The number of uninsured Charlotte residents could drop by 36 percent, or 63,000, by 2016 because of Affordable Care Act provisions that extend health insurance coverage to more Americans, according to a report released Thursday.
The report, sponsored by the Robert Wood Johnson Foundation, shows Charlotte’s decrease would be greater – an estimated 57 percent – if North Carolina had chosen to expand the state’s Medicaid program for low-income and disabled residents, as about half the states have done.
Charlotte’s projected decrease was the highest among seven cities in states that did not expand Medicaid, according to the analysis, done for the foundation by the Urban Institute.
Researchers estimated that expanding Medicaid in North Carolina would cover an additional 36,000 uninsured people in Charlotte alone. That would bring the total number of Charlotte residents gaining insurance to 99,000 by 2016.
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Researchers reviewed figures for 14 large U.S. cities – seven in states that did not expand Medicaid and seven in states that did.
Among all states, North Carolina was fifth-highest in enrollment through the federal online marketplace, surpassing most expectations for the first year of enrollment, particularly in a Republican-controlled state that did not create its own insurance exchange.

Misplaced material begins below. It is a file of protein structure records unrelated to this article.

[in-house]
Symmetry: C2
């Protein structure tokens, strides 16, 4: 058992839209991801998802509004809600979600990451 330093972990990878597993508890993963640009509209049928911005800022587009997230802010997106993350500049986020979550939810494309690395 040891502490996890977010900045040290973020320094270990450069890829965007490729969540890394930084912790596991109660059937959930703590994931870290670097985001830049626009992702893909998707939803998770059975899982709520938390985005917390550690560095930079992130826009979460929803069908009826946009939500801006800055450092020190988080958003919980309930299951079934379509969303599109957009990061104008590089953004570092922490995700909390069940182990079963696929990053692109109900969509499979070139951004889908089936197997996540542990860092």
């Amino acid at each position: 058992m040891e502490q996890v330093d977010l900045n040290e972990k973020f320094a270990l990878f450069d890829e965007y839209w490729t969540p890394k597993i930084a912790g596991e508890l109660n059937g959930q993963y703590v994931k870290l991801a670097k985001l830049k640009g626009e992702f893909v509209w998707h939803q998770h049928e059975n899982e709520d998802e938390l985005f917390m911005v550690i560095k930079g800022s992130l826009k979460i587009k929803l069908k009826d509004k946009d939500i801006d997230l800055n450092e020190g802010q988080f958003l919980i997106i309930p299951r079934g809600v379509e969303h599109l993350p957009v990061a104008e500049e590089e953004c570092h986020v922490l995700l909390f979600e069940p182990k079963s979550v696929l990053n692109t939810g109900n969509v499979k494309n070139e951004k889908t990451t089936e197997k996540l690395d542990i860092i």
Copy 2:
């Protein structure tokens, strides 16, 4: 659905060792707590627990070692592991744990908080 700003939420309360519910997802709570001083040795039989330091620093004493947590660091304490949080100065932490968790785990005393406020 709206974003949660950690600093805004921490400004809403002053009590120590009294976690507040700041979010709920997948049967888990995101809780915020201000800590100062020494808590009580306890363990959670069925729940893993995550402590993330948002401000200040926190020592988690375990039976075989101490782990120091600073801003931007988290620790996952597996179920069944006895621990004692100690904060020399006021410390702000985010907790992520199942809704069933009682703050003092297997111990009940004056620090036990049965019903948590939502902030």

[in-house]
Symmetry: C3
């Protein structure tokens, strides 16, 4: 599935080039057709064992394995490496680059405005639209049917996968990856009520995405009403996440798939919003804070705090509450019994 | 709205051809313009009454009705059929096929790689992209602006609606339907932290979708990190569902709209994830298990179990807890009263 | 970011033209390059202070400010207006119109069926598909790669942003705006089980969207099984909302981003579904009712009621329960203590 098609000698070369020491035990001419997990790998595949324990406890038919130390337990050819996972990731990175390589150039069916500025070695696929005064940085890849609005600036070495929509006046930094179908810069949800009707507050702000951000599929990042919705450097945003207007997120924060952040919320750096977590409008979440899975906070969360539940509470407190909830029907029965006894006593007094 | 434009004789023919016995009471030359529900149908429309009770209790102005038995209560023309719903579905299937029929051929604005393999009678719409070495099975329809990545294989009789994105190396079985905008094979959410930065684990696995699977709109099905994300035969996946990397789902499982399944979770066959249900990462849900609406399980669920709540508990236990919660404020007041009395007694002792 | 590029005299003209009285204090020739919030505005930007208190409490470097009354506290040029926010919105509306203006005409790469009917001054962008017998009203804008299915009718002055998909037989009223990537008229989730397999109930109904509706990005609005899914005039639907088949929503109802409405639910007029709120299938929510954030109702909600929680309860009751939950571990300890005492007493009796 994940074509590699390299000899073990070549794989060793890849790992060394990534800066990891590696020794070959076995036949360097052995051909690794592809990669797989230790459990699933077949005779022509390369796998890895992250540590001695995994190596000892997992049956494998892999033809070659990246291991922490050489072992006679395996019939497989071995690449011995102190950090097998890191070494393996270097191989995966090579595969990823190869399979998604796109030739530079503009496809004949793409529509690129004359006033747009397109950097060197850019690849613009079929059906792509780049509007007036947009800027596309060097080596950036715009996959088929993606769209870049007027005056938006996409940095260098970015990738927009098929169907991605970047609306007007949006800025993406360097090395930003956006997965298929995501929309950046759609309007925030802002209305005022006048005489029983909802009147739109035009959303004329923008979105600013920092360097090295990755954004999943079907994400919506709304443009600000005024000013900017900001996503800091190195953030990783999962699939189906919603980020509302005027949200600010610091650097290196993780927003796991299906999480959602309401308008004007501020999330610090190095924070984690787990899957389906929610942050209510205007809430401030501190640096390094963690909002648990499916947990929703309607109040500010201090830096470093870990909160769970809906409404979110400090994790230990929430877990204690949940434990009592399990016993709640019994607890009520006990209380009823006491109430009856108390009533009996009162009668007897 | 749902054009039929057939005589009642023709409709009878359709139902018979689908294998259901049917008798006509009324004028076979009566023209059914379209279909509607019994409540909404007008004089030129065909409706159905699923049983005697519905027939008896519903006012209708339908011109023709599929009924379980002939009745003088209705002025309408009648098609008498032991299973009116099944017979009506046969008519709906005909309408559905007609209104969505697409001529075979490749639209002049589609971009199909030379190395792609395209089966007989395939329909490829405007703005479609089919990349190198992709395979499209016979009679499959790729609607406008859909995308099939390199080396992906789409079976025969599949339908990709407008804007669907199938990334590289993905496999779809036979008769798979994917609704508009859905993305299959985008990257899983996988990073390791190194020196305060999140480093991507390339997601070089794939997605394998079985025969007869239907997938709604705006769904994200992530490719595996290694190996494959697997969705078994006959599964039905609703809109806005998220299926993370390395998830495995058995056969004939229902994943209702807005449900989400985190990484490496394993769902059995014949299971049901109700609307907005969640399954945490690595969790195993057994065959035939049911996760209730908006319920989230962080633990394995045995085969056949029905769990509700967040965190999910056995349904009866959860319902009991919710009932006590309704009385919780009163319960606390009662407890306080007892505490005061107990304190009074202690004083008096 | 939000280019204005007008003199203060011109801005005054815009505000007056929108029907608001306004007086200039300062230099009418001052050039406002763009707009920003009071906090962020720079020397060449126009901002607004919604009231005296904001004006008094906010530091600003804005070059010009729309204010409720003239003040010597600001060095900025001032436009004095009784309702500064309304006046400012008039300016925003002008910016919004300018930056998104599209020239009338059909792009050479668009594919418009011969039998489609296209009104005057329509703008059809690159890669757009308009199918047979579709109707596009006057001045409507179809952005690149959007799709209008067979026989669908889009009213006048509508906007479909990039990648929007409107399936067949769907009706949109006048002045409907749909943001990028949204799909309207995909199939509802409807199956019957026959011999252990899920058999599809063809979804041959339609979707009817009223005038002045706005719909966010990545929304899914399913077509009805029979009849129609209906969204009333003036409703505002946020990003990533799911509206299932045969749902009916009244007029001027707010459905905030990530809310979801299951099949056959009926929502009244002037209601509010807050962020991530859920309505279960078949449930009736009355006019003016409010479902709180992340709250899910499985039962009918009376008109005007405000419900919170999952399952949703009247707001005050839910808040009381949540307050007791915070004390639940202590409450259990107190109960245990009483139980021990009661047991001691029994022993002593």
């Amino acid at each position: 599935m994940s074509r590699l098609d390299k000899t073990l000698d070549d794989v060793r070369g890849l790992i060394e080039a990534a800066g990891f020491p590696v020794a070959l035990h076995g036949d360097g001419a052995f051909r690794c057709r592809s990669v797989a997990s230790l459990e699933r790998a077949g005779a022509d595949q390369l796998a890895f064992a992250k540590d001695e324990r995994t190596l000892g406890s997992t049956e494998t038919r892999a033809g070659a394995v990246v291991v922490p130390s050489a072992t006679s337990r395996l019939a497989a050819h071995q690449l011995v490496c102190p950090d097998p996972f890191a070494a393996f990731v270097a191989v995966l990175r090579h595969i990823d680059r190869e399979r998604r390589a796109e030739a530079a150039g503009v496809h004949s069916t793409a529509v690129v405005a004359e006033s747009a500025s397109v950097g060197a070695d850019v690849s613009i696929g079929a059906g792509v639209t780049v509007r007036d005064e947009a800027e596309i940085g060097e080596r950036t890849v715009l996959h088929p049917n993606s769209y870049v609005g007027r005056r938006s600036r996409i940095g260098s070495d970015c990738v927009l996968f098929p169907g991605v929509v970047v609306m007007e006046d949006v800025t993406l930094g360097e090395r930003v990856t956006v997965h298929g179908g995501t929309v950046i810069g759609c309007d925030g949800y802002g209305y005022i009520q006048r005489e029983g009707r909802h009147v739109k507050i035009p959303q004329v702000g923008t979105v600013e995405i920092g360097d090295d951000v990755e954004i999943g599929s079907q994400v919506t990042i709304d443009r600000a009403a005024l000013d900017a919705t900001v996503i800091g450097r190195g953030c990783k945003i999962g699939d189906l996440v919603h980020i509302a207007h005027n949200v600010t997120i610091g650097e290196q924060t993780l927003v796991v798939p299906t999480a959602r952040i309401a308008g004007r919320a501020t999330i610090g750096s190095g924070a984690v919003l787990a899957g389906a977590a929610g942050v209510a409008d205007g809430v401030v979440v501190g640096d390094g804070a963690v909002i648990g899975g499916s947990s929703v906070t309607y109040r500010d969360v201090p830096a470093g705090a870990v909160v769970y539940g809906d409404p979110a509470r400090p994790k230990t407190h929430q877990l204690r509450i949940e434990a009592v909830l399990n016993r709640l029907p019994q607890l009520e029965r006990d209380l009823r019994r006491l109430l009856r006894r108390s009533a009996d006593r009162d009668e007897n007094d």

“The state had such robust enrollment, it follows that North Carolina cities would have a big impact on the uninsured in comparison with other states,” said Adam Linker, a policy analyst with the North Carolina Justice Center. “We’ve seen polling suggesting that the Affordable Care Act, even absent Medicaid expansion, is reducing the uninsured population.”
Because the U.S. Supreme Court ruled that Medicaid expansion could not be mandated by the new federal law, each state had the option of whether to expand eligibility by offering free or reduced-cost coverage to people with moderate incomes who haven’t been previously eligible.
“The biggest decline is happening in places where the Medicaid program expanded. ... In this respect, North Carolina is missing an opportunity,” said Dr. John Lumpkin, senior vice president of the Robert Wood Johnson Foundation.
Matthew Buettgens, senior research associate with the Urban Institute, said the study found that, even without Medicaid expansion, federal premium subsidies in the marketplace have helped expand coverage to people who had been uninsured. That expanded coverage “will result in more health care dollars coming into Charlotte,” including spending for health care-related jobs.
Cities in states not expanding Medicaid will face other challenges in addition to continuing to provide treatment for the uninsured, Buettgens said. As part of the ACA, doctors and hospitals will face reductions in Medicare reimbursement and other federal payments. He said that could be a problem for urban safety-net providers, such as Carolinas HealthCare System, which attracts patients from a broad geographic region.